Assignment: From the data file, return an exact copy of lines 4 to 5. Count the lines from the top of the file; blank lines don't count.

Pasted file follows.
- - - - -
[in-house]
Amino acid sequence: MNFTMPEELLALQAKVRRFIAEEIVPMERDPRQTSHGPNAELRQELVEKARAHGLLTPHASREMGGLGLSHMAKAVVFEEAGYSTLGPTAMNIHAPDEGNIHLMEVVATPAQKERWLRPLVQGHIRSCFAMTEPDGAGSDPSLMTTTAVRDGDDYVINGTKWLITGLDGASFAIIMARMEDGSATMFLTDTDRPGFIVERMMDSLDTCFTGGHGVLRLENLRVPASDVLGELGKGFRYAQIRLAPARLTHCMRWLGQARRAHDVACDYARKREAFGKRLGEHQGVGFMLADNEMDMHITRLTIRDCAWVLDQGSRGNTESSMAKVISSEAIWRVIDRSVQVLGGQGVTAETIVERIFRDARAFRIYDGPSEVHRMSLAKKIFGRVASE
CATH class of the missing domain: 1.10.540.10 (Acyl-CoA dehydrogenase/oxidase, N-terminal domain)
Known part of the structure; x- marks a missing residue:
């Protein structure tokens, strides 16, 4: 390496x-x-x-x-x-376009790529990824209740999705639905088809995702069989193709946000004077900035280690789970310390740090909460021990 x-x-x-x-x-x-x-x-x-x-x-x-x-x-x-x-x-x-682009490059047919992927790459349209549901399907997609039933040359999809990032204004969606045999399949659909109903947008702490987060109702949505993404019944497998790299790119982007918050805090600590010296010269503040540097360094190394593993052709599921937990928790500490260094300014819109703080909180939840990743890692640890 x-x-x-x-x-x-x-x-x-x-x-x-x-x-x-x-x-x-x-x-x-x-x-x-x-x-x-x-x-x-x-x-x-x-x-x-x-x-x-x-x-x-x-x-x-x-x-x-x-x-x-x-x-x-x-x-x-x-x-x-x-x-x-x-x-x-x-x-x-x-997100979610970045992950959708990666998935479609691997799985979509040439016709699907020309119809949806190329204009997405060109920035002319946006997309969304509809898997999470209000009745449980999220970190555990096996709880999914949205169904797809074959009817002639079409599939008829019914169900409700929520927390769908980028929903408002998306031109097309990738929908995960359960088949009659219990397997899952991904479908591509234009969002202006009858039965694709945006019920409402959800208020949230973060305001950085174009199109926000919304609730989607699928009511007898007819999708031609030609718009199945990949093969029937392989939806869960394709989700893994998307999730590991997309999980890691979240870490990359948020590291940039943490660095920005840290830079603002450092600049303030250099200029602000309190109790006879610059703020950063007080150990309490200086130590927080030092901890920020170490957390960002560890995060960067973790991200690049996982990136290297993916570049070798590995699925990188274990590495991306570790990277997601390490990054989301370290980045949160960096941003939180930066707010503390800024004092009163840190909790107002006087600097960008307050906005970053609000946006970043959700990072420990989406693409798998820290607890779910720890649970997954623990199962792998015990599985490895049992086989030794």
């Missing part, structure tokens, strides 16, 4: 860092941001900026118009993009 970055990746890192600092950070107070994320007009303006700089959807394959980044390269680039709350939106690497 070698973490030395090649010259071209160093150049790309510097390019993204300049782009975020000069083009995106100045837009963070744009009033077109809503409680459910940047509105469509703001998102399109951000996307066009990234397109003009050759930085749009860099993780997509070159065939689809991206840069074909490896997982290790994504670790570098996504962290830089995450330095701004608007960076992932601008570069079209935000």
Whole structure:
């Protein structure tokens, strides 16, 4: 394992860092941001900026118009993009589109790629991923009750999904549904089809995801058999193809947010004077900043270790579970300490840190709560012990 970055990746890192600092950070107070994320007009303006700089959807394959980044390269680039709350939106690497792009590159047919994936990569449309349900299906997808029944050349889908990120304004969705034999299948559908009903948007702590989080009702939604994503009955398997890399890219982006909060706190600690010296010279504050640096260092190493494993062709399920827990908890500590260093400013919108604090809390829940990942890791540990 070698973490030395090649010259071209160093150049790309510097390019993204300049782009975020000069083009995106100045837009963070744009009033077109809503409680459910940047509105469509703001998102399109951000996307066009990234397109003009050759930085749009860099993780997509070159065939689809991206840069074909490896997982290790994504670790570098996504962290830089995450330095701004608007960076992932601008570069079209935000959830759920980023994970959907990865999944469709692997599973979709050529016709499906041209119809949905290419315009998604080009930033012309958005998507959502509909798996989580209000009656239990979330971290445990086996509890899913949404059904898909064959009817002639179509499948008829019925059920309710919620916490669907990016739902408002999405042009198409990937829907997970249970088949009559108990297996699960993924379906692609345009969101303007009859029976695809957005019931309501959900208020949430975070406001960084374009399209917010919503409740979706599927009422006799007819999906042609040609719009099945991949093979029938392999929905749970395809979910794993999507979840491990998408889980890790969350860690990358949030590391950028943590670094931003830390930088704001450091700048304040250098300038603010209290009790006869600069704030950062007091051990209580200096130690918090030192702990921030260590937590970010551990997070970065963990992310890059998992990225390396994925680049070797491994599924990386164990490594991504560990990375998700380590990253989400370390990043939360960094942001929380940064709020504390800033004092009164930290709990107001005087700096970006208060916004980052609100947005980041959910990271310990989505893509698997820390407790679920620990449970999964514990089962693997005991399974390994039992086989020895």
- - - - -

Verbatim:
Known part of the structure; x- marks a missing residue:
């Protein structure tokens, strides 16, 4: 390496x-x-x-x-x-376009790529990824209740999705639905088809995702069989193709946000004077900035280690789970310390740090909460021990 x-x-x-x-x-x-x-x-x-x-x-x-x-x-x-x-x-x-682009490059047919992927790459349209549901399907997609039933040359999809990032204004969606045999399949659909109903947008702490987060109702949505993404019944497998790299790119982007918050805090600590010296010269503040540097360094190394593993052709599921937990928790500490260094300014819109703080909180939840990743890692640890 x-x-x-x-x-x-x-x-x-x-x-x-x-x-x-x-x-x-x-x-x-x-x-x-x-x-x-x-x-x-x-x-x-x-x-x-x-x-x-x-x-x-x-x-x-x-x-x-x-x-x-x-x-x-x-x-x-x-x-x-x-x-x-x-x-x-x-x-x-x-997100979610970045992950959708990666998935479609691997799985979509040439016709699907020309119809949806190329204009997405060109920035002319946006997309969304509809898997999470209000009745449980999220970190555990096996709880999914949205169904797809074959009817002639079409599939008829019914169900409700929520927390769908980028929903408002998306031109097309990738929908995960359960088949009659219990397997899952991904479908591509234009969002202006009858039965694709945006019920409402959800208020949230973060305001950085174009199109926000919304609730989607699928009511007898007819999708031609030609718009199945990949093969029937392989939806869960394709989700893994998307999730590991997309999980890691979240870490990359948020590291940039943490660095920005840290830079603002450092600049303030250099200029602000309190109790006879610059703020950063007080150990309490200086130590927080030092901890920020170490957390960002560890995060960067973790991200690049996982990136290297993916570049070798590995699925990188274990590495991306570790990277997601390490990054989301370290980045949160960096941003939180930066707010503390800024004092009163840190909790107002006087600097960008307050906005970053609000946006970043959700990072420990989406693409798998820290607890779910720890649970997954623990199962792998015990599985490895049992086989030794």